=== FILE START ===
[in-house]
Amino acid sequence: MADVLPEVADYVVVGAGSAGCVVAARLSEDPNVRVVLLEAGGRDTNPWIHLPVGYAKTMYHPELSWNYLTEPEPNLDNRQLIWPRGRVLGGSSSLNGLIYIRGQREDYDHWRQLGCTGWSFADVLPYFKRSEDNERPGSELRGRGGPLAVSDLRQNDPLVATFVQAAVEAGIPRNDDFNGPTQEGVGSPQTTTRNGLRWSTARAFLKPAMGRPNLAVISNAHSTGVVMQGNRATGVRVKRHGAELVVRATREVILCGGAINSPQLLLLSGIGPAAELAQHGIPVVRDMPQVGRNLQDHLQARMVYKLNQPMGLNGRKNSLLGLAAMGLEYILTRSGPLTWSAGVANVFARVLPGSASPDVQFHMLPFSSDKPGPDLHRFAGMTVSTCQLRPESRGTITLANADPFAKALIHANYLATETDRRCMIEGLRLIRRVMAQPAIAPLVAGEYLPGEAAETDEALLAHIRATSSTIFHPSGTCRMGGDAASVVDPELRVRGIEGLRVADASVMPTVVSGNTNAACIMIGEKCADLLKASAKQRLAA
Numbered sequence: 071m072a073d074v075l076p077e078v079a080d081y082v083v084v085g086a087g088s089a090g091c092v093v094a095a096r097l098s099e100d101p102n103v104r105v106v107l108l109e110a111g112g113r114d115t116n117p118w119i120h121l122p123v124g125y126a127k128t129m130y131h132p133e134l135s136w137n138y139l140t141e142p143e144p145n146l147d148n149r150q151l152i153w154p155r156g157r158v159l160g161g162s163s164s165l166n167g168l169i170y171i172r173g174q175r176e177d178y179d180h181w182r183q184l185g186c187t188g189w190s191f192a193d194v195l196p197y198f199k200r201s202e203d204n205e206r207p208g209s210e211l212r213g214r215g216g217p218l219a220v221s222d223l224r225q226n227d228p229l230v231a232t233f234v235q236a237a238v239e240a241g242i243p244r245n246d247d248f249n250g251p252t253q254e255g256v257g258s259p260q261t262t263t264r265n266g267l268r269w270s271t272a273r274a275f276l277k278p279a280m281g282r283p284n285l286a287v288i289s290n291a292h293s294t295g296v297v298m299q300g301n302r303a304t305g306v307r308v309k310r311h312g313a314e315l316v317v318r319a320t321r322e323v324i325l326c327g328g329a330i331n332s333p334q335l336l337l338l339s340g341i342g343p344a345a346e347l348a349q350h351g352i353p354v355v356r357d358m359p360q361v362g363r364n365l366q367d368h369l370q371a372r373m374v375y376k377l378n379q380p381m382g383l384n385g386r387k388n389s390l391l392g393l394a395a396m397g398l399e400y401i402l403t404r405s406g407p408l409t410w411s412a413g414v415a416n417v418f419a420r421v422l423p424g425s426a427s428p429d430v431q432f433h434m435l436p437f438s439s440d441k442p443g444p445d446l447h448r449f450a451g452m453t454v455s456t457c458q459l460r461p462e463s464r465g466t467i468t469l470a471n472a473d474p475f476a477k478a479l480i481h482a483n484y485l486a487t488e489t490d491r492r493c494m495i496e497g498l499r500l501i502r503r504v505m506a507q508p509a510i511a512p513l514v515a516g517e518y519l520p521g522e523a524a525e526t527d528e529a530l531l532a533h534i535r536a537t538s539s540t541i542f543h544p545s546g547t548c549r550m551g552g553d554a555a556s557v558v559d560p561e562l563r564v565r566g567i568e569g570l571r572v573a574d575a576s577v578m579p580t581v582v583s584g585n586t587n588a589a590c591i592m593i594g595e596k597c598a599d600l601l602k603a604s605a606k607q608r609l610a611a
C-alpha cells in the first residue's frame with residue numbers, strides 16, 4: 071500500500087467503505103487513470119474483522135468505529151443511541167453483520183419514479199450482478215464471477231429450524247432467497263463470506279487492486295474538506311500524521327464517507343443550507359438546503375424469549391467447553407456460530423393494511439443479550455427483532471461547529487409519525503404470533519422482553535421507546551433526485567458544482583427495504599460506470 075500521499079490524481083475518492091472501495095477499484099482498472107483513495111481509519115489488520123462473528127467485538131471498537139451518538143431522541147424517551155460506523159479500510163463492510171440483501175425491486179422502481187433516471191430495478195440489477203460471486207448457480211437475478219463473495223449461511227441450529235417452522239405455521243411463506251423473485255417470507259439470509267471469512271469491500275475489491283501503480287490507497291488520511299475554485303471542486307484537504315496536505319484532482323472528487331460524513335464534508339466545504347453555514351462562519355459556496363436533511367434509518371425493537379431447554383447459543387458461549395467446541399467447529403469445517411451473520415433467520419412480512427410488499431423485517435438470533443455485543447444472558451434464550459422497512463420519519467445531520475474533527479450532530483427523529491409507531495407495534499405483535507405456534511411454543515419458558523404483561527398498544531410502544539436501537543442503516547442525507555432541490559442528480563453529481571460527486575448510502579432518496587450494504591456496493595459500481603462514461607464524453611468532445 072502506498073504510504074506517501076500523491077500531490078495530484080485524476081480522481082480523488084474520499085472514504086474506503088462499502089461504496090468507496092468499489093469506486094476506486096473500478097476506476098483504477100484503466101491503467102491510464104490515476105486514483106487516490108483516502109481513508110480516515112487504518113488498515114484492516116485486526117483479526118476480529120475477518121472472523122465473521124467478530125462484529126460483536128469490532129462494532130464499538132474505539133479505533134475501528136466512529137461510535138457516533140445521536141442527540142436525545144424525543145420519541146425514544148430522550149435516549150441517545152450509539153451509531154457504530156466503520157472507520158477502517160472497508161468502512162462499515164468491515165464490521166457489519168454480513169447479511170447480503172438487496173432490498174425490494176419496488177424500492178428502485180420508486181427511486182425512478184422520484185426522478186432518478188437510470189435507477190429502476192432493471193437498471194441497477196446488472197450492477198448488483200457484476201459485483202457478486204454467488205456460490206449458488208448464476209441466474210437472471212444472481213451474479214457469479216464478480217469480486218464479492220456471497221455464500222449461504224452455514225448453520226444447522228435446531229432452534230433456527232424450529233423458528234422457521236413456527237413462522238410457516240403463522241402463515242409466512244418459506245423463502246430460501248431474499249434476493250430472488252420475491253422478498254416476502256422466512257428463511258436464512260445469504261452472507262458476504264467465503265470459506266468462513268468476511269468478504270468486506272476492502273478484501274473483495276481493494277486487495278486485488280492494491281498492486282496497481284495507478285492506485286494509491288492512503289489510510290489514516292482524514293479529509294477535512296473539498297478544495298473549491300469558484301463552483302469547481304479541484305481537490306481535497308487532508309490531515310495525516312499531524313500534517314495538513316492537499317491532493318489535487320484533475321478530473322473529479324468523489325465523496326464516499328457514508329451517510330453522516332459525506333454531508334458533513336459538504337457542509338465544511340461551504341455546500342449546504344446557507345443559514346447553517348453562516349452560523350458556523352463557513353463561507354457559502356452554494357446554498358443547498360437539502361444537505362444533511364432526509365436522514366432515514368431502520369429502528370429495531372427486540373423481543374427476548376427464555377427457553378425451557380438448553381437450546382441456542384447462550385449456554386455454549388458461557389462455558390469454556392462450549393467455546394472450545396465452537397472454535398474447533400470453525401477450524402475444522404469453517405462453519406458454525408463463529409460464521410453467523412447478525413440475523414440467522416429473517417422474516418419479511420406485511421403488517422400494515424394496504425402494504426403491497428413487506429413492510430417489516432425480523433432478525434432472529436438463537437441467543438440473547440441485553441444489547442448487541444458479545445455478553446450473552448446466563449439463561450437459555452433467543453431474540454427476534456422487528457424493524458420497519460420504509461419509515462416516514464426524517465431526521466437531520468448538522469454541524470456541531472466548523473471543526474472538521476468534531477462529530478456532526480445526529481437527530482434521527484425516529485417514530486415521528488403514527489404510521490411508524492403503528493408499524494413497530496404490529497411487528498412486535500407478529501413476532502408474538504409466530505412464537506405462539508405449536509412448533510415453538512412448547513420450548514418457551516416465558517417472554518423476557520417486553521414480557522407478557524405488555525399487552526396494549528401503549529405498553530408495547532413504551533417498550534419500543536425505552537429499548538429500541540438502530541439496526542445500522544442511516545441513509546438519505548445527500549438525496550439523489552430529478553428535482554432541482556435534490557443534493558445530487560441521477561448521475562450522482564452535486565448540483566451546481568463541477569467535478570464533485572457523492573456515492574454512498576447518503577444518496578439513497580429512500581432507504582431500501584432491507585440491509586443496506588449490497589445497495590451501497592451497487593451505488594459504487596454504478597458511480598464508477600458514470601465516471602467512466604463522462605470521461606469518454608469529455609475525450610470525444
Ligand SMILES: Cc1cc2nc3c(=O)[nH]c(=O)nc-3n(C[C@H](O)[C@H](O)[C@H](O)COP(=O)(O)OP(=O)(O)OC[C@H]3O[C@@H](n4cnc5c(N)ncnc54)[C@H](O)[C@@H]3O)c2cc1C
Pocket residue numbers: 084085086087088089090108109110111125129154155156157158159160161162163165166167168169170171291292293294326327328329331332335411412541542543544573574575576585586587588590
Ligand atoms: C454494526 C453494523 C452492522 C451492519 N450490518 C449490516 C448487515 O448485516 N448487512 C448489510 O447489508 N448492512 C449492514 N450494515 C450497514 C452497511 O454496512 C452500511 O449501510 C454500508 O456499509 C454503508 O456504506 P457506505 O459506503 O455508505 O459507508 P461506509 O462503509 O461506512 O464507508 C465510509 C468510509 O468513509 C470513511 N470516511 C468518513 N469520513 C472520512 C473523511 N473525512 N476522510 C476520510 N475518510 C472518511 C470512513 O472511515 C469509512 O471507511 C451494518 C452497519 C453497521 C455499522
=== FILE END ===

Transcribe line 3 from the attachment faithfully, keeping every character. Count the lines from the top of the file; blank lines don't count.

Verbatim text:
Numbered sequence: 071m072a073d074v075l076p077e078v079a080d081y082v083v084v085g086a087g088s089a090g091c092v093v094a095a096r097l098s099e100d101p102n103v104r105v106v107l108l109e110a111g112g113r114d115t116n117p118w119i120h121l122p123v124g125y126a127k128t129m130y131h132p133e134l135s136w137n138y139l140t141e142p143e144p145n146l147d148n149r150q151l152i153w154p155r156g157r158v159l160g161g162s163s164s165l166n167g168l169i170y171i172r173g174q175r176e177d178y179d180h181w182r183q184l185g186c187t188g189w190s191f192a193d194v195l196p197y198f199k200r201s202e203d204n205e206r207p208g209s210e211l212r213g214r215g216g217p218l219a220v221s222d223l224r225q226n227d228p229l230v231a232t233f234v235q236a237a238v239e240a241g242i243p244r245n246d247d248f249n250g251p252t253q254e255g256v257g258s259p260q261t262t263t264r265n266g267l268r269w270s271t272a273r274a275f276l277k278p279a280m281g282r283p284n285l286a287v288i289s290n291a292h293s294t295g296v297v298m299q300g301n302r303a304t305g306v307r308v309k310r311h312g313a314e315l316v317v318r319a320t321r322e323v324i325l326c327g328g329a330i331n332s333p334q335l336l337l338l339s340g341i342g343p344a345a346e347l348a349q350h351g352i353p354v355v356r357d358m359p360q361v362g363r364n365l366q367d368h369l370q371a372r373m374v375y376k377l378n379q380p381m382g383l384n385g386r387k388n389s390l391l392g393l394a395a396m397g398l399e400y401i402l403t404r405s406g407p408l409t410w411s412a413g414v415a416n417v418f419a420r421v422l423p424g425s426a427s428p429d430v431q432f433h434m435l436p437f438s439s440d441k442p443g444p445d446l447h448r449f450a451g452m453t454v455s456t457c458q459l460r461p462e463s464r465g466t467i468t469l470a471n472a473d474p475f476a477k478a479l480i481h482a483n484y485l486a487t488e489t490d491r492r493c494m495i496e497g498l499r500l501i502r503r504v505m506a507q508p509a510i511a512p513l514v515a516g517e518y519l520p521g522e523a524a525e526t527d528e529a530l531l532a533h534i535r536a537t538s539s540t541i542f543h544p545s546g547t548c549r550m551g552g553d554a555a556s557v558v559d560p561e562l563r564v565r566g567i568e569g570l571r572v573a574d575a576s577v578m579p580t581v582v583s584g585n586t587n588a589a590c591i592m593i594g595e596k597c598a599d600l601l602k603a604s605a606k607q608r609l610a611a